STOCK Act Passes in Senate, Despite Accusations of Hypocrisy Against Gillibrand
State Senator Kristen Gillibrand (D-NY) said that passing a bill that would outlaw congressional insider trading is a crucial move to regain the public's confidence in the government. The Stop Trading on Congressional Knowledge Act sailed through a Senate vote earlier today, with a vote of 96-3.
"I believe in the power of transparency," Gillibrand said. "When we open up our government and hold our elected officials accountable, we can get to the real business at hand."
Though the legislation had widespread support on both sides of the aisle, the STOCK act was criticized by House Majority Leader Eric Cantor (R-Va) and his GOP colleagues. Cantor has said he wanted to see the legislation expanded to include mandatory disclosure of land deals (instead of just stock trades), and extend the bill's reach to members of the executive branch. But Gillibrand said that the bill is directed towards lawmakers in Congress, as well as their staffs and families.
"If he wants to amend it in any way, make it wider and stronger in any way, then God bless him," Gilllibrand said of her colleague in the House. According to the Hill, Democrats in the House had hoped that Cantor's stalling will be perceived as resistance to the popular bill. But earlier this week, State GOP Chairman Ed Cox released a statement alleging that Gillibrand's fight for the STOCK Act is laden with hypocrisy. The chairman claims that Gillibrand and her husband shorted housing stocks at least 34 times, while she was privy to non-public information as a member of Congress:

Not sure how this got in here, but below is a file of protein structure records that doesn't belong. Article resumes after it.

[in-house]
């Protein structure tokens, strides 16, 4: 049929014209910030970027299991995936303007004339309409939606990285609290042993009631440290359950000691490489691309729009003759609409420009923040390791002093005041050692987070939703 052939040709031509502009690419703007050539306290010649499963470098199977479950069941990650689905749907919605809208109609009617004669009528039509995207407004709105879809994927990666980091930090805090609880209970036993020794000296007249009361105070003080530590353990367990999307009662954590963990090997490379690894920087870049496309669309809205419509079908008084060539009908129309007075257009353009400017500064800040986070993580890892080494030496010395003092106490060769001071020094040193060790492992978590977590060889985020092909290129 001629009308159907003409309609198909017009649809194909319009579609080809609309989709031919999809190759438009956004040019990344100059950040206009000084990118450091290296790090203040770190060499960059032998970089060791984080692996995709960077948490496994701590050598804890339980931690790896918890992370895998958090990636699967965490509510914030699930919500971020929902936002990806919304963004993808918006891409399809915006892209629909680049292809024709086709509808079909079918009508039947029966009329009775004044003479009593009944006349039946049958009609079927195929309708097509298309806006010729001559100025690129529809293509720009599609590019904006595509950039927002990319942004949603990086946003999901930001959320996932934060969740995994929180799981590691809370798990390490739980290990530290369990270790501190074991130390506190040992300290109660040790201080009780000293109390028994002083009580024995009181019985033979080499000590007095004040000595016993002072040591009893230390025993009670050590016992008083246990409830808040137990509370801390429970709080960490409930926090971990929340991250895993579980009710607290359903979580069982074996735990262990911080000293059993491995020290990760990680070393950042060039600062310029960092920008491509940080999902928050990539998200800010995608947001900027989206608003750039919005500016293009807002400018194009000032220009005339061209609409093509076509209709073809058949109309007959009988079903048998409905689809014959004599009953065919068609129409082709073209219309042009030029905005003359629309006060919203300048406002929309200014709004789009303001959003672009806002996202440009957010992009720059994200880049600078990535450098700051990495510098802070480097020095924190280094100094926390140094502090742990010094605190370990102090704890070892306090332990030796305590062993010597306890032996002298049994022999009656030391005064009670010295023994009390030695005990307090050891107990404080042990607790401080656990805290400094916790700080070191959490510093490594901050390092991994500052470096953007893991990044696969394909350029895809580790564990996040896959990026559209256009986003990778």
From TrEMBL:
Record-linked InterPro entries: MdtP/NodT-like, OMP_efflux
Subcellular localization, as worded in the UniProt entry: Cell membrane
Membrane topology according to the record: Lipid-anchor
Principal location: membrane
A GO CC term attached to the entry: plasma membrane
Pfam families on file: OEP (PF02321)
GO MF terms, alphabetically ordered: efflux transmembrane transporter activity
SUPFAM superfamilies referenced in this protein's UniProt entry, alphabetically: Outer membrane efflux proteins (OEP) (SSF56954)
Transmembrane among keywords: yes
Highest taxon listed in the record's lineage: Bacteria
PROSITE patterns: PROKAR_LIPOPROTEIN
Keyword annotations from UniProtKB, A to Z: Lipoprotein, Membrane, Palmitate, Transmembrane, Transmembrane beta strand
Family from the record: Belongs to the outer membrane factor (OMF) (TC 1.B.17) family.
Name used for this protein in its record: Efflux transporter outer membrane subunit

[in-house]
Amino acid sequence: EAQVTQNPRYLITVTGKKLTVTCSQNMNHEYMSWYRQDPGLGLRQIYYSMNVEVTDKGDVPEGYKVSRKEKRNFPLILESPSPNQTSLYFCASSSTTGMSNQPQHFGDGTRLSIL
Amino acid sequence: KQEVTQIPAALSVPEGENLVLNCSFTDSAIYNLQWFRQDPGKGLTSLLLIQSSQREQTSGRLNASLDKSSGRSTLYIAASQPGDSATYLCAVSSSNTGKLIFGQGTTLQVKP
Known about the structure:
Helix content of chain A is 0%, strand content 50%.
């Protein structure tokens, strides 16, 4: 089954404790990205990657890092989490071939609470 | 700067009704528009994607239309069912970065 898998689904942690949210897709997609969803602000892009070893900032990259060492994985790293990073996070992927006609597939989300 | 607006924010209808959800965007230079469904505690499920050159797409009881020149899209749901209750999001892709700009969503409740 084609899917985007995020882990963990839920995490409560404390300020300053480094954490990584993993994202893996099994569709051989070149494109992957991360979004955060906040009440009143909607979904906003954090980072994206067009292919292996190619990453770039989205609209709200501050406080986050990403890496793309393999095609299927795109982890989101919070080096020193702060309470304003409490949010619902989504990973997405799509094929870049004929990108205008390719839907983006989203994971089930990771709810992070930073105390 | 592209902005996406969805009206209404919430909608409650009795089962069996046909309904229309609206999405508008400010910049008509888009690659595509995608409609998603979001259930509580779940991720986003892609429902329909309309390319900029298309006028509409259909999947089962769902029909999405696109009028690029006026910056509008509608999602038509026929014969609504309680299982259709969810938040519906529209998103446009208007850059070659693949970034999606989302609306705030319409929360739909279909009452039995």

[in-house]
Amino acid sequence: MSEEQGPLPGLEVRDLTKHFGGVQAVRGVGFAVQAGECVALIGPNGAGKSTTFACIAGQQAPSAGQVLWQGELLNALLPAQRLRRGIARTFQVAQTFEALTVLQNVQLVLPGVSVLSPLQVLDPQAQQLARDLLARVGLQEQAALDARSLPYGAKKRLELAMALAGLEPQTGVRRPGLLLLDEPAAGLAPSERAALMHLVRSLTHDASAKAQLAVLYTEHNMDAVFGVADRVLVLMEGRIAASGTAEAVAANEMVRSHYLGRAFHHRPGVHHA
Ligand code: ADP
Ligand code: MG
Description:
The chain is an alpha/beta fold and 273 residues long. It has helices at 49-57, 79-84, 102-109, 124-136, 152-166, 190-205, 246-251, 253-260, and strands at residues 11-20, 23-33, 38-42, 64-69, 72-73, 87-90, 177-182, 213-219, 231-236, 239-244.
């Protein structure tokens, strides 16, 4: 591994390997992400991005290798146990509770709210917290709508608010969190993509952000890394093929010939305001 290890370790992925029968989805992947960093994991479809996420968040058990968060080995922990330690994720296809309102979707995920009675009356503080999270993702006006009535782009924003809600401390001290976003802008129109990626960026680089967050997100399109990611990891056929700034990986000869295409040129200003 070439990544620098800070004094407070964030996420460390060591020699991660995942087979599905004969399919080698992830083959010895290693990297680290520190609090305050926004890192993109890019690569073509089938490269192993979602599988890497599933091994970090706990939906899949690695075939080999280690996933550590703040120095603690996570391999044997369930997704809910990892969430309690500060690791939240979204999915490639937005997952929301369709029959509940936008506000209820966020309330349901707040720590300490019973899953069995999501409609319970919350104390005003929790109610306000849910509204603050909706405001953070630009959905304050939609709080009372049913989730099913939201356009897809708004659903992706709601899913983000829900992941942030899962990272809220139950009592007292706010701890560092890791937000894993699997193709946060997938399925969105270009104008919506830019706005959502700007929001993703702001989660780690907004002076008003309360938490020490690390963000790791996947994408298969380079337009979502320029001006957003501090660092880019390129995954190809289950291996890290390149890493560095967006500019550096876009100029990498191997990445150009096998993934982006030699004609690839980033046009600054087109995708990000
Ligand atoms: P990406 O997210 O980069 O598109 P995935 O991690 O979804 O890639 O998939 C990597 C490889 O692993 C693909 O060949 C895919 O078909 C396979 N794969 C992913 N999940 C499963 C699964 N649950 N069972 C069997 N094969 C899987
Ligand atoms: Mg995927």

"Ms. Gillibrand needs to finally answer whether what she learned in Congress about the imminent collapse of the market had anything to do with her husband shorting housing stocks," Cox said in the release. "In purporting to be a champion of insider trading reform - in a fundraising appeal no less - Ms. Gillibrand may be being too cute by half. This may not pass the smell test."
Gillibrand said that she has always governed by the standards promoted in the STOCK Act. The senator was the first member of Congress to post her official daily schedule, all federal earmark requests, and her personal financial report online.